Anaglyph is the name that describes the three dimensional images and film that come to life by wearing glasses with Red and Blue lenses. Popularised in the 1950’s, the technology is now much refined with less intrusive glasses that either flicker at high speed or use subtle chroma tinting to retain the full colour in an image.
But I really enjoy trying to replicate the 3D stereoscopic effect with off the shelf tools and video equipment. The best results have been when using 3D animation tools (such as Strata Studio Pro) whereby the render process automatically outputs a stereoscopic image and the only post processing is adjusting the Red and Blue hues.
I’ve pulled apart standard 2D photographs and by creating layers, attempted to recreate z-space using Adobe After Effects, have strapped two domestic camera’s side by side to replicate human vision and have also tried dedicated 3D stills cameras using the Loreo 3D Lens. To this end, I’d say that I certainly haven’t nailed the process, but the fun is in the experimentation. If you have a pair of 3D glasses, I hope you enjoy some of my experiments, or at least, can see the potential in what I was aiming to achieve.
The Worlds First 3D Video Podcast
This was the worlds first 3D Anaglyph 3D Video Podcast. The titles were rendered in Strata Pro and rendered to stereoscope using Adobe After Effects. The piece to camera was butchered together using two different DV handy-cams, were synced in Final Cut Pro and then rendered to stereoscope using Adobe After Effects. It’s fair to say that the 3D video experiment was only partly successful. Not enough depth of field, different lens types and automatic white balancing degraded the effect. The hammy acting didn’t help either.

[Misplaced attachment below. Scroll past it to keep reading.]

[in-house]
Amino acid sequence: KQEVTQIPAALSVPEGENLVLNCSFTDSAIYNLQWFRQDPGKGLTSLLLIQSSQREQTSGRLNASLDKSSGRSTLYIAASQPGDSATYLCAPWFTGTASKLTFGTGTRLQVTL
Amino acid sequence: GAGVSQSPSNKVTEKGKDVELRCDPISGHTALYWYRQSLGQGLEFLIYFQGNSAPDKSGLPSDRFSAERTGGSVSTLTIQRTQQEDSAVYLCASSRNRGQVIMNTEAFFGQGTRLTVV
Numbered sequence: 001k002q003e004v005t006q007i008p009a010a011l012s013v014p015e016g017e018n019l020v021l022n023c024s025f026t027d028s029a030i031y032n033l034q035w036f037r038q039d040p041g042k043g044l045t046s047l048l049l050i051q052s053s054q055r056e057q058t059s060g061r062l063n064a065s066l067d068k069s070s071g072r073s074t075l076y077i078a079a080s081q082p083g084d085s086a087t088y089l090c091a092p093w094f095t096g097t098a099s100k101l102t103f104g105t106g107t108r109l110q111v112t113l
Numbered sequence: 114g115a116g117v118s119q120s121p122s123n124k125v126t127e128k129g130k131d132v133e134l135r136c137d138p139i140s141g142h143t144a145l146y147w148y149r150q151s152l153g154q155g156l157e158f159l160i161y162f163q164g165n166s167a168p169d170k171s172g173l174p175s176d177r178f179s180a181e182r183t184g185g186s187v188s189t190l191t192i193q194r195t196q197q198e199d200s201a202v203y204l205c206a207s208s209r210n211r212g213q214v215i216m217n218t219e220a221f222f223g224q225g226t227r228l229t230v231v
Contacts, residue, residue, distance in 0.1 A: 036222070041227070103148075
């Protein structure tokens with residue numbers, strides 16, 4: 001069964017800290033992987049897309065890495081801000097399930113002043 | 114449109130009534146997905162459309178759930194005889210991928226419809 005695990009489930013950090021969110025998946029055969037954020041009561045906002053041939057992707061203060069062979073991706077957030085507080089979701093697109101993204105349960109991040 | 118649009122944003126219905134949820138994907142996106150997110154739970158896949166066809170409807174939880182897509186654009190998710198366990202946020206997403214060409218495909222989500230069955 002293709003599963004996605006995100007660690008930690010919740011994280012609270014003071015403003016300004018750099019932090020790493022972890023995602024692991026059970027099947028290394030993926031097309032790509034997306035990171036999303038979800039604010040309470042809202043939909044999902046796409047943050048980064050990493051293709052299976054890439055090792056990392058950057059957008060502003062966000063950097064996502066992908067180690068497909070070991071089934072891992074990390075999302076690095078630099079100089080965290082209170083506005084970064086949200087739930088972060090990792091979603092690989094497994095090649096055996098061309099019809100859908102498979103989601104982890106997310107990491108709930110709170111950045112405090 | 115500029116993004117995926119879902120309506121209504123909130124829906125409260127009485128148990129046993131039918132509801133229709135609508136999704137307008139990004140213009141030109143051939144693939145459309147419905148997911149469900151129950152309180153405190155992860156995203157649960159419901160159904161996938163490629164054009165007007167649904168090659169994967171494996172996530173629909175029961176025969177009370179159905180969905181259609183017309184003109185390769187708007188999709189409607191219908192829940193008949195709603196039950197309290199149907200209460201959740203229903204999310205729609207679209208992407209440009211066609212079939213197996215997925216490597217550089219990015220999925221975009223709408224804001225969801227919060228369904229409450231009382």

I posted my first live action experiment to YouTube to gain feedback and to share with the enthusiast community. To date, i’ve had 680,000+ views (my most successful video to date). It’s fair to say that this experiment totally sucked balls. It would go on to create the groundwork for the live action video segment used in the Big Brother Uncouth video podcast (which sucked a little less)
Anaglyph 3D Tunnel Flythrough
This experiment was much more successful than my live action attempts. Primarily because the 3D application renders the stereoscopic images and all that is then requires is to merge them back into an anaglyph stereoscopic image. the other reasons why they are more successful are:
- depth of field is constantly changing
- the texture of the shapes are complex
- the colour of the render is neutral and does not favour red or blue
3D Space Invaders Concept
As another experiment I attempted to re-create a game of Space Invaders to see how it could be translated into an Anaglyph 3D environment. I managed to achieve a believable depth of field between the star background and the space invaders, but my attempts to introduce video explosions that zoomed towards the camera missed the mark.
Converting 2D Photos into 3D Images
My first real experiments with Anaglyphs came about when i tried to convert regular photographs into faux 3D images. By creating layers within the image and hand blending the red and blue hues I achieved the depth of field needed to create the illusion.
These two combined two of my favourite photography styles: lomography and 3D stereoscopic anaglyph
These were taken with a Loreo 3D Camera are best viewed with a 3D lens viewer (but if you cross your eyes you might be able to make it work).